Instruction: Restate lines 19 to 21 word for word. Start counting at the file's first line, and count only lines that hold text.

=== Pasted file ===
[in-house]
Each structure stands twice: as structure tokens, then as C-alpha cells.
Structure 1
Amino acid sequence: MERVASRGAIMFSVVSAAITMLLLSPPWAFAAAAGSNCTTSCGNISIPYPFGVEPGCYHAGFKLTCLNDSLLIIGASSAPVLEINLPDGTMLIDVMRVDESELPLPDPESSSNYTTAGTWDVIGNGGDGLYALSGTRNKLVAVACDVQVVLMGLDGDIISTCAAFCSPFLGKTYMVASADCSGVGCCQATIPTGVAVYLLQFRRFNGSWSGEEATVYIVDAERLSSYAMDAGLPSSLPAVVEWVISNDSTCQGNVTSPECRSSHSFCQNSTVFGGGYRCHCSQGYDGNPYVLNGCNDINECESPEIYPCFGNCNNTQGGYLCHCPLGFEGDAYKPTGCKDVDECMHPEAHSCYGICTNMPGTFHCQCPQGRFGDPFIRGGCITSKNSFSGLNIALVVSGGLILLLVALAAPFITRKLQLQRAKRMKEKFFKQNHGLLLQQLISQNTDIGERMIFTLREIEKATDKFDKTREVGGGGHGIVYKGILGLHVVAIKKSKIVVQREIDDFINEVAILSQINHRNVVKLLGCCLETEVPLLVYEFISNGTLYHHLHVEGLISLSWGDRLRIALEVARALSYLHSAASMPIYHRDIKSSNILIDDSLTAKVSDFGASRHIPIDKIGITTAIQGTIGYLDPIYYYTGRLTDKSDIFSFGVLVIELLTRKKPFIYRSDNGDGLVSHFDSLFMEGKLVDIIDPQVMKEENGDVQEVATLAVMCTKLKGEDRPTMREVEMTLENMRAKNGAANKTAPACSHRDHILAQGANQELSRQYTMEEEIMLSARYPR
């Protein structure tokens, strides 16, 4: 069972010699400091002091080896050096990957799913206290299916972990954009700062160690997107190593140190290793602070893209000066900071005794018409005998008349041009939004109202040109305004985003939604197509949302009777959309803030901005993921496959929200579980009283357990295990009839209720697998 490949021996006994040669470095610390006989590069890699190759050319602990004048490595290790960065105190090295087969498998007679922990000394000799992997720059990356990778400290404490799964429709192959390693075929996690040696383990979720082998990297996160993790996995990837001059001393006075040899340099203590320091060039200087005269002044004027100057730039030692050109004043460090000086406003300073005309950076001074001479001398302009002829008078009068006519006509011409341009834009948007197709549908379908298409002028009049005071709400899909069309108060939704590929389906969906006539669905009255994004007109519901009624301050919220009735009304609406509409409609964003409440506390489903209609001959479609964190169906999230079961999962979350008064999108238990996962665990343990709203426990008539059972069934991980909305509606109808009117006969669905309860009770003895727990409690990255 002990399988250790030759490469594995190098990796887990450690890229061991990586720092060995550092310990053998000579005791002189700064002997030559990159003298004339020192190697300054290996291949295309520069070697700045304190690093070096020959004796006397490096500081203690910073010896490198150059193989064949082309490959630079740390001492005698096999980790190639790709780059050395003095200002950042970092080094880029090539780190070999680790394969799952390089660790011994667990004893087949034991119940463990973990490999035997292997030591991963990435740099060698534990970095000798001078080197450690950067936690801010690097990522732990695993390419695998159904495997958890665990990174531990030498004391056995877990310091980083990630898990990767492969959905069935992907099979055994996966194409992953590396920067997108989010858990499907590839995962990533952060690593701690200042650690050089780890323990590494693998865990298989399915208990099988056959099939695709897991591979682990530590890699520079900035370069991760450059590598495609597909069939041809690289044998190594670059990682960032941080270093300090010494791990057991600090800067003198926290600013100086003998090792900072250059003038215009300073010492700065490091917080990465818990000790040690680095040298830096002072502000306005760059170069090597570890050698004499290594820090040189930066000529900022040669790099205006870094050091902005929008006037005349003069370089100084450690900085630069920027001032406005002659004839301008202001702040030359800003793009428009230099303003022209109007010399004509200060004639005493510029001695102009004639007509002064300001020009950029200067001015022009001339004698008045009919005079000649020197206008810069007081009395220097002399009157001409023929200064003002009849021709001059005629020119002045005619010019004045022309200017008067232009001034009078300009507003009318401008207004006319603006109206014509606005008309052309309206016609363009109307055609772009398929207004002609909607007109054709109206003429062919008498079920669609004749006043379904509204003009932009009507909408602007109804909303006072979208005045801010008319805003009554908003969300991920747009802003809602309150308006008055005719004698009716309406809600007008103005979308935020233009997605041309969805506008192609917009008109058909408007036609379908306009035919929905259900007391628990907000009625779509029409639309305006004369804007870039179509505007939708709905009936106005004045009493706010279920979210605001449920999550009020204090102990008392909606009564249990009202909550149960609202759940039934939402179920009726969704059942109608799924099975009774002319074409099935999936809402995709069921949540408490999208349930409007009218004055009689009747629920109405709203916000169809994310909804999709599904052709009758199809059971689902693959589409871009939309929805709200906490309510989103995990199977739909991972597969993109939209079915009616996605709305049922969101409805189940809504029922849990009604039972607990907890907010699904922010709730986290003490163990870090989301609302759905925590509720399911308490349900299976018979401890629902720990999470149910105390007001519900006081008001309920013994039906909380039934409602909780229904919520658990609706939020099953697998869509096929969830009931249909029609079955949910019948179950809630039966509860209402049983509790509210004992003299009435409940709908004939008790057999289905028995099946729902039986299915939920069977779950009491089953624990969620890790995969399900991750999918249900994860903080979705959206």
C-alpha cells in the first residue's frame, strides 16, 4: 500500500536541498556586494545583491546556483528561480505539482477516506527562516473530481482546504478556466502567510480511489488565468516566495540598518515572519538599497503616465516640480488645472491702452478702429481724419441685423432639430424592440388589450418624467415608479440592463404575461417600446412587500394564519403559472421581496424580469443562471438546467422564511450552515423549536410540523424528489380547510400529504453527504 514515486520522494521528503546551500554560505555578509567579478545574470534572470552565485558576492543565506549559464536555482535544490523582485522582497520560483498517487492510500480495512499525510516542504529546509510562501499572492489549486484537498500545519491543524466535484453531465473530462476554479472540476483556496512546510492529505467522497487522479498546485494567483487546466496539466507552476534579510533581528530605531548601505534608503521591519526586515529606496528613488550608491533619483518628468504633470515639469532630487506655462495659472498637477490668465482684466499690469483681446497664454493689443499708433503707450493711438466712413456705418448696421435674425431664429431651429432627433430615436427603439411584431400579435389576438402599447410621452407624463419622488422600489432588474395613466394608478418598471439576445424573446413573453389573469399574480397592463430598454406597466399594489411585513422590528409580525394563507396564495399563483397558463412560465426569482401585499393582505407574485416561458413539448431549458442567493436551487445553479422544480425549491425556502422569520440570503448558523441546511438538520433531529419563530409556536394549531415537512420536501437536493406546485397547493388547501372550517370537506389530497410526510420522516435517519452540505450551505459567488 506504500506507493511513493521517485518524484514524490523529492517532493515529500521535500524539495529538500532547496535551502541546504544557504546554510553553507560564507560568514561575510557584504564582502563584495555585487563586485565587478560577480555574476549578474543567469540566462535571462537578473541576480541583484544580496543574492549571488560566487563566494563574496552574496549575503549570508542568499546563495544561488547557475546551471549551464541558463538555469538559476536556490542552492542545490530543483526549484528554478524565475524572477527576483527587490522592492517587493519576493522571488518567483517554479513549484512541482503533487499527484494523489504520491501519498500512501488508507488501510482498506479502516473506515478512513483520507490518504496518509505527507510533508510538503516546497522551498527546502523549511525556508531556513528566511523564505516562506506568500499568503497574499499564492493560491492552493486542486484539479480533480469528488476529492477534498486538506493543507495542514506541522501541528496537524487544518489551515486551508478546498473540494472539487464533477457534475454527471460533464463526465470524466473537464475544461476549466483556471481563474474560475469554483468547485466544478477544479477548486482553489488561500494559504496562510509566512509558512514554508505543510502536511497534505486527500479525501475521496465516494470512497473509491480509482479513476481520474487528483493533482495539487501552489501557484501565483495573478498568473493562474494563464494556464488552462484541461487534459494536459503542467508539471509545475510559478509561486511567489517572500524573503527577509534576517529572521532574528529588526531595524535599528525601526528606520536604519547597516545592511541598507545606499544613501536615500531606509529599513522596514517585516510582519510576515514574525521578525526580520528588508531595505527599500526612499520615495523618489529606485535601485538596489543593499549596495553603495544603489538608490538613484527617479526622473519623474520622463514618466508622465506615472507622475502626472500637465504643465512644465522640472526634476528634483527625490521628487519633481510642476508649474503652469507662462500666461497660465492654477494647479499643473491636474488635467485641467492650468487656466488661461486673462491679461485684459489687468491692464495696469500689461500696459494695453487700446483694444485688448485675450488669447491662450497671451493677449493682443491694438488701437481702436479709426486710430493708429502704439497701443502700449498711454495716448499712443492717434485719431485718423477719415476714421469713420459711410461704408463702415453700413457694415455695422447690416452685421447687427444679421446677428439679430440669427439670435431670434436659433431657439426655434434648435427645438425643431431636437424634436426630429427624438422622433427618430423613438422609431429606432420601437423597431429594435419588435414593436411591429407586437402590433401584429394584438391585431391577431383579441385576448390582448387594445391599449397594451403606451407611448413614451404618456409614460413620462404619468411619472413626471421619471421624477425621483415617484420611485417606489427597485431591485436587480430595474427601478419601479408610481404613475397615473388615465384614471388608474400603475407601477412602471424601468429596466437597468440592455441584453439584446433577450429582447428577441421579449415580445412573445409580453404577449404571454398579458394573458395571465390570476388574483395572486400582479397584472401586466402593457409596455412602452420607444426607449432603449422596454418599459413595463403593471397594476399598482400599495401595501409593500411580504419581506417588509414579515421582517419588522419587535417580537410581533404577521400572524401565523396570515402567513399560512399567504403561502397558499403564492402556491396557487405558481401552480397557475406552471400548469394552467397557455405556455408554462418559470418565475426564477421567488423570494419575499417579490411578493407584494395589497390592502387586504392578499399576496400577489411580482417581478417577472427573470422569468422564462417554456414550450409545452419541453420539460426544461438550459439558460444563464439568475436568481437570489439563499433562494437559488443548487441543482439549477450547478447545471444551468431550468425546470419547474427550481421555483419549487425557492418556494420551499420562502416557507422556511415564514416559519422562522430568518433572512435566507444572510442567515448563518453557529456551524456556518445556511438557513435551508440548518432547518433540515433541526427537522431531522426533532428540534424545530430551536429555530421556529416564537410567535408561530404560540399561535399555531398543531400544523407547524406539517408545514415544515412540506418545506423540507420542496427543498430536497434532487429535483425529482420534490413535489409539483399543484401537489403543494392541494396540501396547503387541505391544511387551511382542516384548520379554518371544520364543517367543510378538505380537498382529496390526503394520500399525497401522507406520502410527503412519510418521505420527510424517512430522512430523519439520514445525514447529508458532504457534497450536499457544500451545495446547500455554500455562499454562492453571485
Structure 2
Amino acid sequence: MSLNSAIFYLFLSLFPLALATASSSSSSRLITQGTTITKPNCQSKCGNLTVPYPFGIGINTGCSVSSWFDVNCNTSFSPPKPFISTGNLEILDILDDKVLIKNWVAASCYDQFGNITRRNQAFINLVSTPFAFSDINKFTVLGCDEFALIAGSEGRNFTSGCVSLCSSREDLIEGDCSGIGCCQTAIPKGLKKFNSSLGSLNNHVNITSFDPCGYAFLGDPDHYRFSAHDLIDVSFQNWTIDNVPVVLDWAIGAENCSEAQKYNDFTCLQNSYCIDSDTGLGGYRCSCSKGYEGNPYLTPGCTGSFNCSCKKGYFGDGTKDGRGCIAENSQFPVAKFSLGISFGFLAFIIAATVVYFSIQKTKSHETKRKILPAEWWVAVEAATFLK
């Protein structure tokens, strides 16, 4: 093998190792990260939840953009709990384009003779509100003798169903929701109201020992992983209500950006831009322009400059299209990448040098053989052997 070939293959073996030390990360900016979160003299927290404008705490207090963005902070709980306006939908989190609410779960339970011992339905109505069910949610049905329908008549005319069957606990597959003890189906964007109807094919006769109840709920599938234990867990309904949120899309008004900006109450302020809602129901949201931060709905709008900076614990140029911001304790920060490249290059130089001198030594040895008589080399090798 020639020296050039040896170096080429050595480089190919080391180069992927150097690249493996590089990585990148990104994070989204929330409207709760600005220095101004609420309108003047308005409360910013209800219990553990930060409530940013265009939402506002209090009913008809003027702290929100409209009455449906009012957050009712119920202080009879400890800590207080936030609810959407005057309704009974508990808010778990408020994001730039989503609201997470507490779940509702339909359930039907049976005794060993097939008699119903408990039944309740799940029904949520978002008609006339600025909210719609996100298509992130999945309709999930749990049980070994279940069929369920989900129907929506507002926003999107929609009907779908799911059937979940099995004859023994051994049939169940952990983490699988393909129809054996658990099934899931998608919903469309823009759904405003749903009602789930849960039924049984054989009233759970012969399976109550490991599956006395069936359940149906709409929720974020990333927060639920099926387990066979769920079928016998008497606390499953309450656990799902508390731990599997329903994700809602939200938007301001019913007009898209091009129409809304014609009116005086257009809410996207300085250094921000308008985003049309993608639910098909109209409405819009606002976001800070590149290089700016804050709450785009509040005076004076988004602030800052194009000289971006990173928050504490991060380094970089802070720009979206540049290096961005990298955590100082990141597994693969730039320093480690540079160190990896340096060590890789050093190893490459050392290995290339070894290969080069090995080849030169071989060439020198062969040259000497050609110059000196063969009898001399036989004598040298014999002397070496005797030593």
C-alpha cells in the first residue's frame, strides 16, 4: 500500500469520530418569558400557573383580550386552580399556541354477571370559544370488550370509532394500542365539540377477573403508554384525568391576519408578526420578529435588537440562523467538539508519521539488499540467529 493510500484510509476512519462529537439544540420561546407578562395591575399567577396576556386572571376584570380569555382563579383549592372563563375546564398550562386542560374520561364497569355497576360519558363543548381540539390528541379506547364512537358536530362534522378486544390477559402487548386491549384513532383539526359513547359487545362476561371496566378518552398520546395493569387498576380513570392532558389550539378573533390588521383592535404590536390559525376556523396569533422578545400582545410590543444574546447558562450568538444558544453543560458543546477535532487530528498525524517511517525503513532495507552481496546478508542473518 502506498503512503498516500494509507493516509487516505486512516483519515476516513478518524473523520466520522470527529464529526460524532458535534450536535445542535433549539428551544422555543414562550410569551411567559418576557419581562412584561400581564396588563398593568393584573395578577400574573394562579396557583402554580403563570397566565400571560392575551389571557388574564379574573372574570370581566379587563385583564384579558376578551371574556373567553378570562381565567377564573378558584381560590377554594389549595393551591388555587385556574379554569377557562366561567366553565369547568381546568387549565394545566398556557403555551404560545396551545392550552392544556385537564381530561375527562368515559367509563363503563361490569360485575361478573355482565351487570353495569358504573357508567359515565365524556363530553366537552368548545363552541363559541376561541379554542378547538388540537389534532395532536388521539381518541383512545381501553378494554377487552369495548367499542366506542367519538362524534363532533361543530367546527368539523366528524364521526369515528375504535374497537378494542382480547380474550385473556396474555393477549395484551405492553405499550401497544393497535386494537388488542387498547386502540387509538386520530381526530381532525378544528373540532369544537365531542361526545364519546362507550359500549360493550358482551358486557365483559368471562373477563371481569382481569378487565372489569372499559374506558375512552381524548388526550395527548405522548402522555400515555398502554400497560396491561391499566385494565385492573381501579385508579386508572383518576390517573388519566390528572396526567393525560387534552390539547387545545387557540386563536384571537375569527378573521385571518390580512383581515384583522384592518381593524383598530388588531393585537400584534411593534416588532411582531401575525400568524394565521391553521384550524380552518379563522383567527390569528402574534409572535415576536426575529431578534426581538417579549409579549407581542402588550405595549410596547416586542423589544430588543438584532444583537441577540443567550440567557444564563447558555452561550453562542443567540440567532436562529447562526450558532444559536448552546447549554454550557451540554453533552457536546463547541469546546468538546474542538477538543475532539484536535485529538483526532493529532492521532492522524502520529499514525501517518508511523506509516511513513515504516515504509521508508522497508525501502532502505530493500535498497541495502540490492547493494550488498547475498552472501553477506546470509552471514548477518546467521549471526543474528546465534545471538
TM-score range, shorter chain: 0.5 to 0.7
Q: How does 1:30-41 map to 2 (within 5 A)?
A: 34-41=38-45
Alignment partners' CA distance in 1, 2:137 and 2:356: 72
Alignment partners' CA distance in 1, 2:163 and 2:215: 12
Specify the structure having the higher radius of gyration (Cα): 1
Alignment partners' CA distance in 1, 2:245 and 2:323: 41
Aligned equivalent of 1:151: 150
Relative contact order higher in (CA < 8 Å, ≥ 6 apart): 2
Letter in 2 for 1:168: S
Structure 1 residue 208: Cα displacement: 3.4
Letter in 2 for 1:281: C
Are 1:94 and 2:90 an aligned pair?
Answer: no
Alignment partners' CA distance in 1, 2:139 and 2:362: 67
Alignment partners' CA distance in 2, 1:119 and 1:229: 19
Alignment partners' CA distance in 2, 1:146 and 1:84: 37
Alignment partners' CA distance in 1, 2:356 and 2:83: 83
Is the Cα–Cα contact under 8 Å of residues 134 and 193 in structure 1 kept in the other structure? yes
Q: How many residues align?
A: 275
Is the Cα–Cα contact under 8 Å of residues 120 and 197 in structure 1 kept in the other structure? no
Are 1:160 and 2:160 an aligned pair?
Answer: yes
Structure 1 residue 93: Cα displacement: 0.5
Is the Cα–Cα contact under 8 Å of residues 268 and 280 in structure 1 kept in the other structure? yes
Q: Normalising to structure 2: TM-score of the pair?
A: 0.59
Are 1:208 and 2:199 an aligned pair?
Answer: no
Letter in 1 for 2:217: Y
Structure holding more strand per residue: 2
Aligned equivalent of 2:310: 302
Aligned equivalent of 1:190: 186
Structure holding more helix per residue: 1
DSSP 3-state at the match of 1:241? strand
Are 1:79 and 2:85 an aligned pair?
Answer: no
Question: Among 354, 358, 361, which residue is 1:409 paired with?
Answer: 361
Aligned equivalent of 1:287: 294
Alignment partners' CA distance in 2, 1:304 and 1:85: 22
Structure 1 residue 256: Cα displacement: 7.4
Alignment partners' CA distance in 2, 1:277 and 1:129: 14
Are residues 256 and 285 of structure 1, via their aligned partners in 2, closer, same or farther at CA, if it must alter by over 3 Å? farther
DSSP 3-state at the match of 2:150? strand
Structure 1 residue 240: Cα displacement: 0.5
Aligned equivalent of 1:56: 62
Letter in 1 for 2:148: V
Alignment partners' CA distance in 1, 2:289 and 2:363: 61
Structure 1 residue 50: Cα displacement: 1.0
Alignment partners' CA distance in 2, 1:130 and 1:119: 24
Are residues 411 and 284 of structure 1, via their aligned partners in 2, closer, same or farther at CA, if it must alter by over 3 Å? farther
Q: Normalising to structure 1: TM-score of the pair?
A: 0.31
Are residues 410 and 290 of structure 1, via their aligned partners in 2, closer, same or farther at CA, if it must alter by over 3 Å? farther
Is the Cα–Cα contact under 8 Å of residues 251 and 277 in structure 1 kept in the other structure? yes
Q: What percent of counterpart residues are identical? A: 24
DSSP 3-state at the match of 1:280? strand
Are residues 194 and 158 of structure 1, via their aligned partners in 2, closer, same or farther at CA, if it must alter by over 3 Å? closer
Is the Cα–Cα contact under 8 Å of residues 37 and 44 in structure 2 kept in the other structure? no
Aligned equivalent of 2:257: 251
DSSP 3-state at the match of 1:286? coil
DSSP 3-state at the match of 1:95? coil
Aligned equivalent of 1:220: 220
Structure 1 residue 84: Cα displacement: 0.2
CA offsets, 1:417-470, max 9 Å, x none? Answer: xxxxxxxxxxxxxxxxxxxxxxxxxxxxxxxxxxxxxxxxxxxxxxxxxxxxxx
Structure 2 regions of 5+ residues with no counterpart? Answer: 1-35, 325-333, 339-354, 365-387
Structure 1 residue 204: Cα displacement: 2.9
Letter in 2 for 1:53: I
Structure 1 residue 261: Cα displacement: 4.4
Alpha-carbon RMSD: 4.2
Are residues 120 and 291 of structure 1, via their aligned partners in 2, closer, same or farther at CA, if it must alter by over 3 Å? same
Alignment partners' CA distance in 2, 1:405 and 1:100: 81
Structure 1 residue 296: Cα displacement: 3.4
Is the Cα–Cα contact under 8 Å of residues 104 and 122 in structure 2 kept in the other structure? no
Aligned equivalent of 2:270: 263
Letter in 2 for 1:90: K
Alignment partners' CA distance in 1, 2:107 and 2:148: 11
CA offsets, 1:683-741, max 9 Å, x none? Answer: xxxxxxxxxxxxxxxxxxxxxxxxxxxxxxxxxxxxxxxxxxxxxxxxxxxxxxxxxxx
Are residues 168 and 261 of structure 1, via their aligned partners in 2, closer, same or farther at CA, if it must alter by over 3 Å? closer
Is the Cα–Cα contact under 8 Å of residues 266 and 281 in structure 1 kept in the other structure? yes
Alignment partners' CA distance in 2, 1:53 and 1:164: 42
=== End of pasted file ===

Relative contact order higher in (CA < 8 Å, ≥ 6 apart): 2
Letter in 2 for 1:168: S
Structure 1 residue 208: Cα displacement: 3.4